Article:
Inherent Disclosure, Product-by-Process, and the Shifting Burden

A recent Honda appeal of a fuel cell invention illustrates an example regarding the issue of whether a combination of features from various references inherently discloses claimed properties in a device claim.

In this case (14/086,009), the invention relates to a particular membrane for fuel cells that has certain properties.


The examiner rejected the application with tenuous reasoning. The flaws in the rejection are apparent almost without even looking to the references - in addition to combining various references, the Examiner further asserts that certain missing claim limitations are inherent, with the applicant having the burden to establish otherwise:


The problems here are many. As an initial matter, the idea that a product produced by a process that is identical to a process disclosed in the prior art is not even applicable here. Neither cited art disclosed the same process used in the application - so asserting that the applicant now had the burden makes no sense.

That is precisely what the Board explained, citing the in re King and in re Best.


One point of confusion with this citation is that in re King relates to the idea that when a structure in the prior art necessarily functions in accordance with the limitations of a process or method claim of an application, the claim is anticipated. That is not applicable here - the claim at issue is a device claim, not a method claim.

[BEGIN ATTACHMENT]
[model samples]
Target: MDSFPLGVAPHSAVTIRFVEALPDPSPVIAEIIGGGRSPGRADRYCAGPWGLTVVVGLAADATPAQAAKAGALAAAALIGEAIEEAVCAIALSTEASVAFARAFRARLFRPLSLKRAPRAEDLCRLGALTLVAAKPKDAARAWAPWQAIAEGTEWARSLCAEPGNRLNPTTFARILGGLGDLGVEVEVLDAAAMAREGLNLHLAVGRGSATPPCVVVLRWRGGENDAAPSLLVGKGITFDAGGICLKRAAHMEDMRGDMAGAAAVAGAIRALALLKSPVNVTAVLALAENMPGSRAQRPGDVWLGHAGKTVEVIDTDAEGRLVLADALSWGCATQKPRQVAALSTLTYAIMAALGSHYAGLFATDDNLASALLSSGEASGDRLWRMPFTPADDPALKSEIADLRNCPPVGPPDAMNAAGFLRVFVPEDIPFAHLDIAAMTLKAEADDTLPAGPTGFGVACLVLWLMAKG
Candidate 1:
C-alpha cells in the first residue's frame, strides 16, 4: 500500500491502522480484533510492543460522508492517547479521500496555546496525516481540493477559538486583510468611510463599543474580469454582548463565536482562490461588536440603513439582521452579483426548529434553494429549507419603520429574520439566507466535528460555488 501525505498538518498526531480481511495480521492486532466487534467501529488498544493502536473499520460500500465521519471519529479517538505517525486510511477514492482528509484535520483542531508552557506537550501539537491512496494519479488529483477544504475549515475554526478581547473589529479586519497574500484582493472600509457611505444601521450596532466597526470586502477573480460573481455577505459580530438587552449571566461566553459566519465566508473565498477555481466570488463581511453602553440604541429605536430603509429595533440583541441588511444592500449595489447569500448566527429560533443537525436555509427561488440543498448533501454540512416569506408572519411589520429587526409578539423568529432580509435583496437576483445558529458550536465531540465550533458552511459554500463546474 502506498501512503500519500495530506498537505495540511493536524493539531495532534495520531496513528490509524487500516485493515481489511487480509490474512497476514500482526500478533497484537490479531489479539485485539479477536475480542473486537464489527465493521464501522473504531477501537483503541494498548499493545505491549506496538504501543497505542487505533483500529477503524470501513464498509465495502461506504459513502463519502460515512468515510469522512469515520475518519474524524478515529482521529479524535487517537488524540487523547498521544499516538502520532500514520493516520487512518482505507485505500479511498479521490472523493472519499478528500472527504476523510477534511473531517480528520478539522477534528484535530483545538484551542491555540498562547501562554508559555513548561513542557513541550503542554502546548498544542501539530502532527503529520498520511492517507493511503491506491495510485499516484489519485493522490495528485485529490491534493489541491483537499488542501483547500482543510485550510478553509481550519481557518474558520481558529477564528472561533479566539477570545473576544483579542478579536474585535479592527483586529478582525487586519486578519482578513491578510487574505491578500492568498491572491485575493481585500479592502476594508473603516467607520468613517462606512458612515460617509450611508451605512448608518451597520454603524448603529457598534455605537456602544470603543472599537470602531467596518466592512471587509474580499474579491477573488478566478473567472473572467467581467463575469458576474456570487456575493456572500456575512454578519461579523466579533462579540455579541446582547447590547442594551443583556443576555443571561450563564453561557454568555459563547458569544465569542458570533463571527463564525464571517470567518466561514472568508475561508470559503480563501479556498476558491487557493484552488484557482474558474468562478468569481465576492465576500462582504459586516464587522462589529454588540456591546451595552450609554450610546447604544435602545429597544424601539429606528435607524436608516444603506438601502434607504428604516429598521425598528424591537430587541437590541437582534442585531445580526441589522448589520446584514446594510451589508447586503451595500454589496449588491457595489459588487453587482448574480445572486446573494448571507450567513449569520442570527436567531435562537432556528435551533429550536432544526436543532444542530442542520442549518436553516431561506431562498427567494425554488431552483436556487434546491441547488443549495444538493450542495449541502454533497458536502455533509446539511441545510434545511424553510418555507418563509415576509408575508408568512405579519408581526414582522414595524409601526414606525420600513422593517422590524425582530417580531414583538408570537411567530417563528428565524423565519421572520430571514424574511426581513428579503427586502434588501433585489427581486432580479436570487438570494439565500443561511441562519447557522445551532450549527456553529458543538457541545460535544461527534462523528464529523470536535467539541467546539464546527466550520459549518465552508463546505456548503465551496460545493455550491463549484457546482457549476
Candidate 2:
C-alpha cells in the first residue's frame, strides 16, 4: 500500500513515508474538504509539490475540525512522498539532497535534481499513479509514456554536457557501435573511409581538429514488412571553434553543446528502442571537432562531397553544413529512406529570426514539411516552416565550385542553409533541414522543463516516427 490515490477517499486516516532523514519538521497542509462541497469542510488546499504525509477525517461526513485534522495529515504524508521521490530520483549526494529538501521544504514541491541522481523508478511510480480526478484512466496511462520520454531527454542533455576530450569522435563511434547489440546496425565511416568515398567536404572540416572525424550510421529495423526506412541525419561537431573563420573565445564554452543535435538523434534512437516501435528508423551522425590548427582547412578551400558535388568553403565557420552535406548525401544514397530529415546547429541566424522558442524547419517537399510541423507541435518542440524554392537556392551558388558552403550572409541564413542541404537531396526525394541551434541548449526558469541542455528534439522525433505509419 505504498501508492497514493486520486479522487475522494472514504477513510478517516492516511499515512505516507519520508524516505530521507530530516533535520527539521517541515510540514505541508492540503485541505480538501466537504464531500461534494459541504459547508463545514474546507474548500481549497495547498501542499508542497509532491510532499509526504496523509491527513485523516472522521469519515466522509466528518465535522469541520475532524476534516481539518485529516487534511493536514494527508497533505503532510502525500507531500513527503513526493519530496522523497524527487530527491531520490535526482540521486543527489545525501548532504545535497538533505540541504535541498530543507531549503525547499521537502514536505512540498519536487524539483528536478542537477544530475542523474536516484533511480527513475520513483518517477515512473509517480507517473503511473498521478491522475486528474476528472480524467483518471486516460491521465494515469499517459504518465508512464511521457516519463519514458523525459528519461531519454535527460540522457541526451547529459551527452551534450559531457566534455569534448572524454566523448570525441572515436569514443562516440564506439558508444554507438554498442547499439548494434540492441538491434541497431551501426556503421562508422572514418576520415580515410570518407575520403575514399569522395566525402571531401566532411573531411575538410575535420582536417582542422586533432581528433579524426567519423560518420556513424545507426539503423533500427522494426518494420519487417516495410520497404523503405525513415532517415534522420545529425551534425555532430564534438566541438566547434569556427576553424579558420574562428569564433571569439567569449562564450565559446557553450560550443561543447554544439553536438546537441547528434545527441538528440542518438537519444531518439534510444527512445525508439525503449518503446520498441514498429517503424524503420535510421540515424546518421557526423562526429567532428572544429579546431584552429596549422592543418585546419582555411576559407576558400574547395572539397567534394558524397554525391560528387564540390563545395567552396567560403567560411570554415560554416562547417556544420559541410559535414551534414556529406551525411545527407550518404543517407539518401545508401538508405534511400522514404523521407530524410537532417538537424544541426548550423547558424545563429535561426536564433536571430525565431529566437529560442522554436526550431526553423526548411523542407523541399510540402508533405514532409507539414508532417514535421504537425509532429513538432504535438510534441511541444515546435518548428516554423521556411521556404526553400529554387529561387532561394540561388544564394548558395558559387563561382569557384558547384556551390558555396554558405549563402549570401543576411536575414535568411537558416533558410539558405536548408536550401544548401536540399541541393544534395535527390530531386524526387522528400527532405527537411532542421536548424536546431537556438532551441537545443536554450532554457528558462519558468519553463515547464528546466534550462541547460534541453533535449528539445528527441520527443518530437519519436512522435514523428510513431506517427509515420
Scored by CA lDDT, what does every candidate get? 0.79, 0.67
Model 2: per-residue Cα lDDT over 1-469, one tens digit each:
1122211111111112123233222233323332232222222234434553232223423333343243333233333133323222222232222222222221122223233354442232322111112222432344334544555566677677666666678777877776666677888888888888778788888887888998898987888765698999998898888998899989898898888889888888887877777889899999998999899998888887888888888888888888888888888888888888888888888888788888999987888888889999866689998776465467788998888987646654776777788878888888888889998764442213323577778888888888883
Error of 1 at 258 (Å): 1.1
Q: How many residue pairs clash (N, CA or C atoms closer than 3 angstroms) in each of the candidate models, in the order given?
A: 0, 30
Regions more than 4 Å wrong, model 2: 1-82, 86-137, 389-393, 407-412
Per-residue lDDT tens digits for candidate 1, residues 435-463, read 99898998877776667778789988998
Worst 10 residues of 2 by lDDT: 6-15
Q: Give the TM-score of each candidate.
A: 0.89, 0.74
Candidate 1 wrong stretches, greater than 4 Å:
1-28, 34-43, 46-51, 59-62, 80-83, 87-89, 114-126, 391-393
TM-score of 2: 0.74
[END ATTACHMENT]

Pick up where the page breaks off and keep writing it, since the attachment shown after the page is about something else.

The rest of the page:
As to in re Best, that case is one where the claimed and prior art products are identical or substantially identical, or are produced by identical or substantially identical processes, enabling the PTO to require an applicant to prove that the prior art products do not necessarily or inherently possess the characteristics of the claimed product. Thus, this requires the examiner prove those facts. Here, the examiner essentially relies on the fact that because the prior art membrane had a thickness within the claimed range, it would necessarily have the other properties. That reasoning is flawed and does not track the case law - the examiner must prove that the disclosed process of making that membrane is the same as the one used in the application. In this case, not only did the examiner fail to prove that fact, the evidence in the prior art actually pointed away from that conclusion.

So, when an examiner tries to use the notion that the prior art inherently has a claimed property remember the applicable case law and that the examiner has the initial burden to first establish identical processes. Evidence of differences prevents the burden shift in first place. Be careful when an examiner cites MPEP 2112 and never accept an improper burden shift because at that point it becomes very difficult to overcome the rejection.